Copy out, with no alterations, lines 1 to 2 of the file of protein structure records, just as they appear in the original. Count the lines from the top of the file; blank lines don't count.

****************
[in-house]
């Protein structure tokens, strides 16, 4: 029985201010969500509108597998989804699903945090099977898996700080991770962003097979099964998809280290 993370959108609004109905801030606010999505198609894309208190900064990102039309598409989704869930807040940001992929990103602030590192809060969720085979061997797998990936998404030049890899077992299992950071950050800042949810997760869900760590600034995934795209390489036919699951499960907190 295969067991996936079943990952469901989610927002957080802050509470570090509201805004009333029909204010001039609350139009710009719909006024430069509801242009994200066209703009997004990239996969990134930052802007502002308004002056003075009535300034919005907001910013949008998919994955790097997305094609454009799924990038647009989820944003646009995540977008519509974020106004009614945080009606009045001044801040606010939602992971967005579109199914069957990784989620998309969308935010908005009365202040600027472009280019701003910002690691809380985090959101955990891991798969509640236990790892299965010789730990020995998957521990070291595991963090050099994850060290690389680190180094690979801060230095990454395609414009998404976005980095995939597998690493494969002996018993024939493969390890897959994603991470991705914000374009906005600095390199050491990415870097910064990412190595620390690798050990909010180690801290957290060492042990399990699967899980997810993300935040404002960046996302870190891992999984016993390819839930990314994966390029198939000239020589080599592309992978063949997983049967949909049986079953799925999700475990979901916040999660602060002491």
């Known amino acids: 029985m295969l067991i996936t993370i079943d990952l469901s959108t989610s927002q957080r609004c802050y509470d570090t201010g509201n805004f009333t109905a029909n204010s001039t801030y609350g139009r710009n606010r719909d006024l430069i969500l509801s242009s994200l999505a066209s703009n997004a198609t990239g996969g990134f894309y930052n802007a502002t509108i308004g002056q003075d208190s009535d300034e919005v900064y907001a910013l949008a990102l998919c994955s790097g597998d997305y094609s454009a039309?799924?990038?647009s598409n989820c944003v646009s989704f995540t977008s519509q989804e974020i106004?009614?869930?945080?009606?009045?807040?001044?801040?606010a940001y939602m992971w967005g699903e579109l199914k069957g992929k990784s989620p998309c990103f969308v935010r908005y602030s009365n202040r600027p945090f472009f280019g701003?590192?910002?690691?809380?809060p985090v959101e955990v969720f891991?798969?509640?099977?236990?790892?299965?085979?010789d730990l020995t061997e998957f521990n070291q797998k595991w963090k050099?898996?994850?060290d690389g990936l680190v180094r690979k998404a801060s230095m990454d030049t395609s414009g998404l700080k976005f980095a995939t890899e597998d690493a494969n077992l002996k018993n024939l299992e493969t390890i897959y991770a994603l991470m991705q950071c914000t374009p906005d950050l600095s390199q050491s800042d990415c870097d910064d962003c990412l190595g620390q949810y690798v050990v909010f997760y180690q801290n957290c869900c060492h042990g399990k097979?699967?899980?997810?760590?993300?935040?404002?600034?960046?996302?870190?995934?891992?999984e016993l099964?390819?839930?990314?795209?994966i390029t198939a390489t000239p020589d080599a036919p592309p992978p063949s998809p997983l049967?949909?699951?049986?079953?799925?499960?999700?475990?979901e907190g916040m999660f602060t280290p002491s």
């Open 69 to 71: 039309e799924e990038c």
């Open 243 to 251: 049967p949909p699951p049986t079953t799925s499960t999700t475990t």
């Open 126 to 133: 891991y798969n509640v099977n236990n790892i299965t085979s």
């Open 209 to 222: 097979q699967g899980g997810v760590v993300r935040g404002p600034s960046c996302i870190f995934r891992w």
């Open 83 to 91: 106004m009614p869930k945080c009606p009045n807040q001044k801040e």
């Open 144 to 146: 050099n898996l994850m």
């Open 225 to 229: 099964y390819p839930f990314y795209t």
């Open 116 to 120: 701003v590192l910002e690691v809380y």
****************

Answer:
[in-house]
């Protein structure tokens, strides 16, 4: 029985201010969500509108597998989804699903945090099977898996700080991770962003097979099964998809280290 993370959108609004109905801030606010999505198609894309208190900064990102039309598409989704869930807040940001992929990103602030590192809060969720085979061997797998990936998404030049890899077992299992950071950050800042949810997760869900760590600034995934795209390489036919699951499960907190 295969067991996936079943990952469901989610927002957080802050509470570090509201805004009333029909204010001039609350139009710009719909006024430069509801242009994200066209703009997004990239996969990134930052802007502002308004002056003075009535300034919005907001910013949008998919994955790097997305094609454009799924990038647009989820944003646009995540977008519509974020106004009614945080009606009045001044801040606010939602992971967005579109199914069957990784989620998309969308935010908005009365202040600027472009280019701003910002690691809380985090959101955990891991798969509640236990790892299965010789730990020995998957521990070291595991963090050099994850060290690389680190180094690979801060230095990454395609414009998404976005980095995939597998690493494969002996018993024939493969390890897959994603991470991705914000374009906005600095390199050491990415870097910064990412190595620390690798050990909010180690801290957290060492042990399990699967899980997810993300935040404002960046996302870190891992999984016993390819839930990314994966390029198939000239020589080599592309992978063949997983049967949909049986079953799925999700475990979901916040999660602060002491």